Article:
Shortly thereafter, key members of the SMU board made the decision to continue the payouts. Reportedly, one of the penalized boosters told them, "You have a payroll to meet." This was a veiled threat that if payouts didn't continue, other players would start squealing, leading to another investigation.
Unfortunately for SMU, not every paid player had a successful career, and as they were dropped from the roster, the payouts ended. These disgruntled players complained to the media, and the whole house of cards collapsed. Although all of the coaches and boosters refused to cooperate, the school leadership stepped up and conceded the wrongdoing.
The NCAA applied its new punishment- "The Death Penalty", where scholarships and competition were curtailed for a year. The school president, board leadership, AD, and coach were all replaced by the school in the aftermath as other institutional stakeholders (faculty, alumni) reasserted control.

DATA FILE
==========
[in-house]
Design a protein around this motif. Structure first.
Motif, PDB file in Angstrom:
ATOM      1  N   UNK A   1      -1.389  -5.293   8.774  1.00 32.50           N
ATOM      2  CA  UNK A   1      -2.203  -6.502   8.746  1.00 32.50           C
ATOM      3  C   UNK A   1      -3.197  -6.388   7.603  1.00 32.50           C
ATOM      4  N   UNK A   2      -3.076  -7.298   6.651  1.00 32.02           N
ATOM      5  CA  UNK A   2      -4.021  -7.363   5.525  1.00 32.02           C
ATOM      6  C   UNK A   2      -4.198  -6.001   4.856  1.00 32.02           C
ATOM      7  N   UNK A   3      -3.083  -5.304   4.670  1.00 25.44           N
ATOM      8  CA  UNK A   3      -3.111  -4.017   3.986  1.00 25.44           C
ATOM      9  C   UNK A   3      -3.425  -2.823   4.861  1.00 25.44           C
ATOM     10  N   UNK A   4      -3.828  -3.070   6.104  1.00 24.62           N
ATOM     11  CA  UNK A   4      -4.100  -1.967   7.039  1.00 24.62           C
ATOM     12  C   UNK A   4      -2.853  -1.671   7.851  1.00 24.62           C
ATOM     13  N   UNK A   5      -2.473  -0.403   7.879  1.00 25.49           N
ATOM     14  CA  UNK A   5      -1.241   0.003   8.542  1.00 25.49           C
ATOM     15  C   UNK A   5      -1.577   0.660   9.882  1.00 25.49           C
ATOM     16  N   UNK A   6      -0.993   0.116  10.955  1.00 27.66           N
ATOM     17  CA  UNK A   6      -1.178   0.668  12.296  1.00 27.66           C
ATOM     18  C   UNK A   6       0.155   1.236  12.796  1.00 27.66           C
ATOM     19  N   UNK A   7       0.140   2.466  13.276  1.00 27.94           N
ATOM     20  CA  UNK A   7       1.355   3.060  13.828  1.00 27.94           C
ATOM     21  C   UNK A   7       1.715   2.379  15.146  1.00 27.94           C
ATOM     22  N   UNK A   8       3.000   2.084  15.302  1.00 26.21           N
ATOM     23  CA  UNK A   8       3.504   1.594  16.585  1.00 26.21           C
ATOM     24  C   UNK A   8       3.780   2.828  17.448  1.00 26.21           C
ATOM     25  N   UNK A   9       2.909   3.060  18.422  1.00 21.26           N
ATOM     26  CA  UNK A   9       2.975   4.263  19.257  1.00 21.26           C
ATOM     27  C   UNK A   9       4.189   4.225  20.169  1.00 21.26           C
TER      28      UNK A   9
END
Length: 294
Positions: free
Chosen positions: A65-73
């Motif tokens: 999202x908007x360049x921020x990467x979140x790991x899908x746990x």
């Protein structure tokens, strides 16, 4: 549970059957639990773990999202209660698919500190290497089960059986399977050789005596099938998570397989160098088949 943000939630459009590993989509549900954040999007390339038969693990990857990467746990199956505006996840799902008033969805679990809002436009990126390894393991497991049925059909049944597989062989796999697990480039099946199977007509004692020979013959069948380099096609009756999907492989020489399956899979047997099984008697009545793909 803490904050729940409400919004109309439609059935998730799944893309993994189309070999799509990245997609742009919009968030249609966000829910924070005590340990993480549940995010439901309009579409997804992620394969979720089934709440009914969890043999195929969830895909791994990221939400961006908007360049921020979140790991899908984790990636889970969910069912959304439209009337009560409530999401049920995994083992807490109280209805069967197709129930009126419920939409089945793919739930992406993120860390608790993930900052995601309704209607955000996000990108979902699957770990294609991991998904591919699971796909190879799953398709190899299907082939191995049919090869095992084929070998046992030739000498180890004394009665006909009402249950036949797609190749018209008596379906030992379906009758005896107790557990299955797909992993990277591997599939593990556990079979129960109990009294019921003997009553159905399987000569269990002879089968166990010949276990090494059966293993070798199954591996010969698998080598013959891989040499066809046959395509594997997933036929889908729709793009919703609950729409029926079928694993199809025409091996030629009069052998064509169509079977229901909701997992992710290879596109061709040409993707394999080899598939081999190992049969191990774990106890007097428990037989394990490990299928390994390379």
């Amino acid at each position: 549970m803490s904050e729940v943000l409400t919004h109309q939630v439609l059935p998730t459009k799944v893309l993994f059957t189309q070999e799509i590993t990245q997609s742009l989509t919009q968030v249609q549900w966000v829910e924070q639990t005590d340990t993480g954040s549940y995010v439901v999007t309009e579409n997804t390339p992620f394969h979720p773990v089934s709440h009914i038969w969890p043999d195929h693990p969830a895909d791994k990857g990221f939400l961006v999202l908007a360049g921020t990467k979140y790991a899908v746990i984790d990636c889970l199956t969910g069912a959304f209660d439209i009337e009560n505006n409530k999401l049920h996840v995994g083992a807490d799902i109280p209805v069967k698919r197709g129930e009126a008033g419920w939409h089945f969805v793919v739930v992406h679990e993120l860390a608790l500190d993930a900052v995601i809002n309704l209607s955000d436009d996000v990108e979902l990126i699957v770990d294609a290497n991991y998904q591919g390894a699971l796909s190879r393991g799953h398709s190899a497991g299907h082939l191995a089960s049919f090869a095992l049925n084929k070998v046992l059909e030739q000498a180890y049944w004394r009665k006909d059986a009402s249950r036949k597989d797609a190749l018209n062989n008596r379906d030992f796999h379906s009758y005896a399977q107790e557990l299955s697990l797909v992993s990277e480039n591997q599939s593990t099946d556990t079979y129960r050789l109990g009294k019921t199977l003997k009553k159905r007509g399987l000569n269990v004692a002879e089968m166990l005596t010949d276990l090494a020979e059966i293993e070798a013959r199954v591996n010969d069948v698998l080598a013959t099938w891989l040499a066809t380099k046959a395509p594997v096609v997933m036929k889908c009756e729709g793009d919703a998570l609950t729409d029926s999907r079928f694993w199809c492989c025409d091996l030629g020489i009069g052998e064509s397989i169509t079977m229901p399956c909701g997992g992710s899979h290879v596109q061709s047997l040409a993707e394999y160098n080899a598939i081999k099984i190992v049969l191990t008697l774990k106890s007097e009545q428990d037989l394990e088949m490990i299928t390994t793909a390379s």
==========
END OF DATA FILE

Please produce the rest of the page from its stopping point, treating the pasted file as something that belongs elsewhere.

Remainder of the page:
In one final, crazy scene, swarms of recruiters from other schools across the nation descended upon the campus to swoop up the free agent players. Almost all got scholarships to other D-1A schools, and several went on to successful NFL careers.
SMU restarted its program, with new institutional rules. By now, the NCAA had banned booster involvement in recruiting, and the SMU faculty insisted upon tighter academic standards for recruits. A lot of SMU supporters will claim that the Mustangs' diminished fortunes since 1986 are a result of the Death Penalty, but I'm not sure. It appears that SMU, a private school with limited appeal to the typical recruited athlete, has enjoyed the same fortunes as its peers- Rice, Tulane, and Vanderbilt. It can approach .500 in a good season, occasionally has a true elite player, and struggles to get 20k in the stands.
Next, it's time to review Texas' history.